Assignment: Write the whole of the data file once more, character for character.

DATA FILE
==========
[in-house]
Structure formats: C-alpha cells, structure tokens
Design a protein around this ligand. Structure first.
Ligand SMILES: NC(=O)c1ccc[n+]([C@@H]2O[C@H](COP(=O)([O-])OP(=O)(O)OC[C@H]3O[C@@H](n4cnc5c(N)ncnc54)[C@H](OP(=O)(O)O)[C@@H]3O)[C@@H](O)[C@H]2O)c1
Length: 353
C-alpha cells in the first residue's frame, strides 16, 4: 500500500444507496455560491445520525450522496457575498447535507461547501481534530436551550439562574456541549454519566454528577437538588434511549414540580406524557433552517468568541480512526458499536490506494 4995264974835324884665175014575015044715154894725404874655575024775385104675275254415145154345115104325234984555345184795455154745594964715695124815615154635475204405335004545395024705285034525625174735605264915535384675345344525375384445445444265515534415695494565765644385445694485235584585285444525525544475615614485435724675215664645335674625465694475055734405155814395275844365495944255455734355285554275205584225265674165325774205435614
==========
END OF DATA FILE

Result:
[in-house]
Structure formats: C-alpha cells, structure tokens
Design a protein around this ligand. Structure first.
Ligand SMILES: NC(=O)c1ccc[n+]([C@@H]2O[C@H](COP(=O)([O-])OP(=O)(O)OC[C@H]3O[C@@H](n4cnc5c(N)ncnc54)[C@H](OP(=O)(O)O)[C@@H]3O)[C@@H](O)[C@H]2O)c1
Length: 353
C-alpha cells in the first residue's frame, strides 16, 4: 500500500444507496455560491445520525450522496457575498447535507461547501481534530436551550439562574456541549454519566454528577437538588434511549414540580406524557433552517468568541480512526458499536490506494 4995264974835324884665175014575015044715154894725404874655575024775385104675275254415145154345115104325234984555345184795455154745594964715695124815615154635475204405335004545395024705285034525625174735605264915535384675345344525375384445445444265515534415695494565765644385445694485235584585285444525525544475615614485435724675215664645335674625465694475055734405155814395275844365495944255455734355285554275205584225265674165325774205435614